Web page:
Skip to article navigation Skip to content

Research funding

In 2023, our fund-raising capacity for research was € 133 million (100 million in 2022). This means that we exceeded our target of € 112 million. In 2023 we received the following research subsidies among others:

Investments from the National Growth Fund

The Dutch National Growth Fund (NGF) invests in projects that make the biggest possible contribution to sustainable and structural economic growth.

In 2023 the NGF gave an award to the DUTCH-project in which UMC Utrecht is involved. With the rising demand for healthcare and an increasing scarcity of staff in healthcare, a shortage in operating capacity of 20% is expected in 2030. In the DUTCH-project, UMC Utrecht is working in a group that includes other university medical centers, universities, and companies as well as the Ministry of Public Health, Well-Being and Sport, to reduce the drain of current healthcare professionals, increase inflow (and operating capacity), transform healthcare education in the Netherlands, and provide sufficient continuous and refresher training.

In addition, the NGF has earmarked € 125 million for a new Center for Non-Animal Biomedical Translation (CPBT) to accelerate the transition towards research without laboratory animals in the next 10 years. Instead of laboratory animals, we are using increasingly advanced patient models which also brings us closer to the conditions of actual patients and drugs with a better chance of success. This will yield economic and social gains: better drugs, and less animal testing. CPBT, in which UMC Utrecht plays a big role, aims to focus on transition programs for instance in the fields of ALS and cystic fibrosis. This will ensure that drugs for these diseases become available faster for patients.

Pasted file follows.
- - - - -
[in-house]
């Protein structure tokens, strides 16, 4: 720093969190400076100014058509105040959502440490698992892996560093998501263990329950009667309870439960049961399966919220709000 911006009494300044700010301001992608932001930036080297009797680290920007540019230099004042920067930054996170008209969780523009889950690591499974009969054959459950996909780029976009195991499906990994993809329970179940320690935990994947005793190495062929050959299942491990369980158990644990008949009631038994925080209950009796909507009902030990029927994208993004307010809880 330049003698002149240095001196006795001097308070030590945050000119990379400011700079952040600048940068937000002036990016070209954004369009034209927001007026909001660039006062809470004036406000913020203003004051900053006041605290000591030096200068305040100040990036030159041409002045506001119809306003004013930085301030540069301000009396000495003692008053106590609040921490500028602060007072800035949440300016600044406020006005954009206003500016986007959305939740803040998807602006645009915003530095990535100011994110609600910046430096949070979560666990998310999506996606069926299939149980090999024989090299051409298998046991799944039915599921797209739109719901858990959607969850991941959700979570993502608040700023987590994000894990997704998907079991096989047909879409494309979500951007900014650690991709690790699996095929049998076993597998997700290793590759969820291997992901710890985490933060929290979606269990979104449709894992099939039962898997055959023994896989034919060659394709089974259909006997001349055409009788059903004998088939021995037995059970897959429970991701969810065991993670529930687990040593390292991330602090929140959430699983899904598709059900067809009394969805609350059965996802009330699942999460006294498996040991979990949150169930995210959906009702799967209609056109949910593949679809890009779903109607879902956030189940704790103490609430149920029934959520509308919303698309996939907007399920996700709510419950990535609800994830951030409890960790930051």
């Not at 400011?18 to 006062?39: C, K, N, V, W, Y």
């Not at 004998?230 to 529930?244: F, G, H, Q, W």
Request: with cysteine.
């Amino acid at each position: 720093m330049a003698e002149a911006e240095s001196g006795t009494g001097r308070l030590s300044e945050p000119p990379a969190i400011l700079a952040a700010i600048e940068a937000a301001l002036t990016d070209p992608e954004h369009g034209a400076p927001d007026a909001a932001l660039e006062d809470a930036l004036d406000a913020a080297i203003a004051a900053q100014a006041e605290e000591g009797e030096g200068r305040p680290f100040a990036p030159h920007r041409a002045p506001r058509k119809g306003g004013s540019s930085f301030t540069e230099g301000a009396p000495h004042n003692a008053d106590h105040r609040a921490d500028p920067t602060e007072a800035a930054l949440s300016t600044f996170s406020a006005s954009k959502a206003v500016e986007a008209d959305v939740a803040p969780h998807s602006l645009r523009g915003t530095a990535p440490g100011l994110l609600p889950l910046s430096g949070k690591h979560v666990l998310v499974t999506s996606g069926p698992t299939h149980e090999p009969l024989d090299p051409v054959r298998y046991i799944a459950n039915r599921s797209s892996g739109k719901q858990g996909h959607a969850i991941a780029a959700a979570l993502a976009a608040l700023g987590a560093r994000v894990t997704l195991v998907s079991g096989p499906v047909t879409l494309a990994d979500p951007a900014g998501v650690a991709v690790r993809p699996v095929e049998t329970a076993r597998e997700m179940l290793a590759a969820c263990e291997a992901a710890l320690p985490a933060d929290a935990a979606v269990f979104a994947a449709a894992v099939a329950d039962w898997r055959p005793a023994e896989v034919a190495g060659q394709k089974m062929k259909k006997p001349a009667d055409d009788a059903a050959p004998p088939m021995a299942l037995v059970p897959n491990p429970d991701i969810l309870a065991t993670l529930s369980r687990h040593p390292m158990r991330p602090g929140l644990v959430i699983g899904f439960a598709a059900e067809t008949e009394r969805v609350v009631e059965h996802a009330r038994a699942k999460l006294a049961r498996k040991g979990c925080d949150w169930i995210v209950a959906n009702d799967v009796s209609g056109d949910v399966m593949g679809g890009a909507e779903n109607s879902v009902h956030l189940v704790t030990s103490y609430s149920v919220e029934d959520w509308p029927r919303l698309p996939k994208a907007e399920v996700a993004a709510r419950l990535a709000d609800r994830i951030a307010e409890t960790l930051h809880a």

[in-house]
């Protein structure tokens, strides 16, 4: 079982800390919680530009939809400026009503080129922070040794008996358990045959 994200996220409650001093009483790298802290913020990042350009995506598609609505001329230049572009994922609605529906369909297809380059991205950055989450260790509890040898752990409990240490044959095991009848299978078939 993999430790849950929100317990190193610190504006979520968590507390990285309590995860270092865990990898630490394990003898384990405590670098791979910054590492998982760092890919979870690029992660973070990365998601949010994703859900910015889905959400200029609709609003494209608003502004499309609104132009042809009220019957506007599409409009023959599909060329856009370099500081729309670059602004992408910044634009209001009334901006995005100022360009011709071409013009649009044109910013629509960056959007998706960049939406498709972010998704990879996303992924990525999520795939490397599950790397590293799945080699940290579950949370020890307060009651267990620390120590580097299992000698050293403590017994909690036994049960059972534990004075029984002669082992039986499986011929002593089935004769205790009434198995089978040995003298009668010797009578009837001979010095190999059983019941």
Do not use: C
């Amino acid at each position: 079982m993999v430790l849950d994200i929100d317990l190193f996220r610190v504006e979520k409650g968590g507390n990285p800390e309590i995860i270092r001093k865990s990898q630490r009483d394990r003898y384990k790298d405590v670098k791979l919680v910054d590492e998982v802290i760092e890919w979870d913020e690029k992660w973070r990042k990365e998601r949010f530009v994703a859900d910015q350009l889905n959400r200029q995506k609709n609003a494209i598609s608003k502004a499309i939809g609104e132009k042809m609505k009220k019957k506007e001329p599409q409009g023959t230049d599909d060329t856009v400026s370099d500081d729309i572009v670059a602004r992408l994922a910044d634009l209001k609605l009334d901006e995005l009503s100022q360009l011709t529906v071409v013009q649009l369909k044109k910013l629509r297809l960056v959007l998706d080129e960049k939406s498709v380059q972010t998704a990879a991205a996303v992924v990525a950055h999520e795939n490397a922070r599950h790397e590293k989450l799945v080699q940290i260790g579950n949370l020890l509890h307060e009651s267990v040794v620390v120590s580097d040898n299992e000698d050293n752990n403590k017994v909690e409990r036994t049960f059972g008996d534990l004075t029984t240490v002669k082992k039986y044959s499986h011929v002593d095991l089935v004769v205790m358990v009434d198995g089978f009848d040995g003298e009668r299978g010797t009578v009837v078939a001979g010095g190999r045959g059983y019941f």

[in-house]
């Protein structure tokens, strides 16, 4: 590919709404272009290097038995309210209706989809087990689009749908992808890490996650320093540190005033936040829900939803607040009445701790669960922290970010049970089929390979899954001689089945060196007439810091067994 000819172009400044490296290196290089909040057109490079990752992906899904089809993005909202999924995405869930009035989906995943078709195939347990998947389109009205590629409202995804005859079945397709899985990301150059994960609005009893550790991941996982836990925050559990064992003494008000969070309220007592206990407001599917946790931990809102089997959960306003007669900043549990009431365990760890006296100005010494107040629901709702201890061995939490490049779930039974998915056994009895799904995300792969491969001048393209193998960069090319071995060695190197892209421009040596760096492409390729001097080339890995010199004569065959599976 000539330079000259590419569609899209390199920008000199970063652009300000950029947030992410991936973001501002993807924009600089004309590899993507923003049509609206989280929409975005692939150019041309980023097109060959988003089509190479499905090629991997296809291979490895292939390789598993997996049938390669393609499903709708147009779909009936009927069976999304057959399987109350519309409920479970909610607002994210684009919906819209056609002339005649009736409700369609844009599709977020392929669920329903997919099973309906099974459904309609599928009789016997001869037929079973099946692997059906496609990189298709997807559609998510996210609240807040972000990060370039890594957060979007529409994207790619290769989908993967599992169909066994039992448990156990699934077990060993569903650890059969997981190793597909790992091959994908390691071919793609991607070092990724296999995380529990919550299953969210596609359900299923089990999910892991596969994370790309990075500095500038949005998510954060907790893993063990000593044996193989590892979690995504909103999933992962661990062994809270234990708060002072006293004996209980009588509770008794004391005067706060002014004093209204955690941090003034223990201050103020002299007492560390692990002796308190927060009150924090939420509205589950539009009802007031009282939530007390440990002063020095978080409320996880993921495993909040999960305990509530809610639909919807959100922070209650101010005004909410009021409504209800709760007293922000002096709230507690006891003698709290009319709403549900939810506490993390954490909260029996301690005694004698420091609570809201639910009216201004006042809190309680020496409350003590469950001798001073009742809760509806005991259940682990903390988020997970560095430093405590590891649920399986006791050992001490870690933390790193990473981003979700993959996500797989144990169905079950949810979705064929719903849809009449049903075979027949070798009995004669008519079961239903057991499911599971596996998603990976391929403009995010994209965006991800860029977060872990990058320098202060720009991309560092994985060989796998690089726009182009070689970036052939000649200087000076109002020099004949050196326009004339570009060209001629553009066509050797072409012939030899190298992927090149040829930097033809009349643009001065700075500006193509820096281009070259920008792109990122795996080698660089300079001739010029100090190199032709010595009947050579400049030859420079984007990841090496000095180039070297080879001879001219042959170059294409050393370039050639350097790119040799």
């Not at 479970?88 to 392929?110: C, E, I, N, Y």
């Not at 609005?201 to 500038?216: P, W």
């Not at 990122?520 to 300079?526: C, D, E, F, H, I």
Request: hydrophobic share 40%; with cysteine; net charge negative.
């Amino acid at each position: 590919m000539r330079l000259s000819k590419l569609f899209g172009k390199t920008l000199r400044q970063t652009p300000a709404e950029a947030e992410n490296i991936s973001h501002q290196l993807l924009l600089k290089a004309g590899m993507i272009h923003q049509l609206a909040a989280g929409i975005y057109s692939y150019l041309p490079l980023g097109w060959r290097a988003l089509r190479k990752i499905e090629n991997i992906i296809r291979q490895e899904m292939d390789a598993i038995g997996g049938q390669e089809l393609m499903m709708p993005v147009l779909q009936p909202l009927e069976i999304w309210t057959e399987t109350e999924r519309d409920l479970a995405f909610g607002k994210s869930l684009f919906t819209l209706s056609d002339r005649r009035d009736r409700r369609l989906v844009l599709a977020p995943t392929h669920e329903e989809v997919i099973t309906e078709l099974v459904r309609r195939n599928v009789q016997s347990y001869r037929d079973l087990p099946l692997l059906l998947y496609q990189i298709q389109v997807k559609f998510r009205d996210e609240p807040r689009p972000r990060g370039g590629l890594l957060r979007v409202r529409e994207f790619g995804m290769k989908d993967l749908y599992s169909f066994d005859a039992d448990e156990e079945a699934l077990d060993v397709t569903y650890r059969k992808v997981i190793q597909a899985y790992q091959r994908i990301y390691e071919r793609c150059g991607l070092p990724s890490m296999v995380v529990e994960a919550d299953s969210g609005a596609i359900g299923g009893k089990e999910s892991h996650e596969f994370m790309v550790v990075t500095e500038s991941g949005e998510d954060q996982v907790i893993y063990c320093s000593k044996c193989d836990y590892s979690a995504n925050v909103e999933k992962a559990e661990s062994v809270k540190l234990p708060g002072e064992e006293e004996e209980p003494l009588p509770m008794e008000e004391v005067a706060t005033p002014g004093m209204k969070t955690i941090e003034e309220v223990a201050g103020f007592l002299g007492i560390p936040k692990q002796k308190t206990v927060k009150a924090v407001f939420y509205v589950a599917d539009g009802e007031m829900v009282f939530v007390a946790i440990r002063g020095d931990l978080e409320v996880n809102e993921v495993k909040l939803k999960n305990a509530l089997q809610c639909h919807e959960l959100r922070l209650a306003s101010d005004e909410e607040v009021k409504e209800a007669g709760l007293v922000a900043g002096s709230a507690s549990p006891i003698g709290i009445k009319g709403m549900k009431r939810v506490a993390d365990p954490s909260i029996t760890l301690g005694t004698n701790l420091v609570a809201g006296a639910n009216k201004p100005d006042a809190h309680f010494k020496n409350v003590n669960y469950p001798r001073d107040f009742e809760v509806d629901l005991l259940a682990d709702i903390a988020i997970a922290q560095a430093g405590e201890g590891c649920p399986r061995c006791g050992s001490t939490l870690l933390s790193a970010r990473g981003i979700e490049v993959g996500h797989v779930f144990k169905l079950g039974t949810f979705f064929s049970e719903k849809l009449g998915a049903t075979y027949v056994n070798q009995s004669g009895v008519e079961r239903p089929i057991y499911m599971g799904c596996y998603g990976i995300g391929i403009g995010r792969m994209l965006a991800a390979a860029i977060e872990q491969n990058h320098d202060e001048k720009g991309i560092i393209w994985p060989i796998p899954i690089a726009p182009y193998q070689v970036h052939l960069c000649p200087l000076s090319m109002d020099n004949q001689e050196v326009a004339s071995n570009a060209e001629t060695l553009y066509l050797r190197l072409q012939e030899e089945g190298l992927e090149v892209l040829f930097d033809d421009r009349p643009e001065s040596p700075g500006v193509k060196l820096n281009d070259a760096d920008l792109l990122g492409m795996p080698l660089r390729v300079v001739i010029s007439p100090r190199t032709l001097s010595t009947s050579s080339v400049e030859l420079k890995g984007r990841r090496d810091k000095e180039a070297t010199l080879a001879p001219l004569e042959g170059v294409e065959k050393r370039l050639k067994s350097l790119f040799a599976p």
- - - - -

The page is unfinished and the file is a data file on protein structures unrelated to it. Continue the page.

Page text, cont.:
UMC Utrecht is now a partner in the following approved and selected projects in the category Health and Healthcare in the three NGF rounds . Besides DUTCH and CPBT from this round, this includes Health-RI  and RegMedXB from the first round, and Oncode Accelerator (previously Oncode-PACT), Biotech Booster , and PharmaNL from the second round. UMC Utrecht is also a consortium partner in NXTGEN HIGHTECH . Oncode Accelerator was officially launched in September 2023 . Within Oncode Accelerator, UMC Utrecht works together with more than 30 public and private partners to get new cancer medication to patients faster .

Better recovery after a stroke

Each year about 40,000 people in the Netherlands suffer from a stroke. Many of them retain scars. They may for instance find it more difficult to move a hand or an arm, which limits them in their everyday life. No treatment to date has proven effective if these complaints are still present days or weeks after a stroke. In 2023, researchers from UMC Utrecht received a grant of € 4 million from the Veelbelovende Zorg (‘promising care’) program of the Dutch healthcare institute, Zorginstituut Nederland. With this money they can now do research on motor recover after a stroke by means of brain stimulation . If the result is positive, the treatment will be included in the basic package of health insurance.

Treatment for liver cancer reduced from 2 weeks to 2 hours

Treatment that takes two hours instead of two weeks: in 2023, the green light was given for two clinical studies where liver-cancer patients will be treated with a hybrid C-arch . The device, invented at UMC Utrecht, makes radio embolization faster and more flexible. The project forms part of the IMAGIO consortium, which has now received an Innovative Health Initiative (IHI) grant of no less than € 24 million from the European Union.

Reduced risk of asthma RSV infection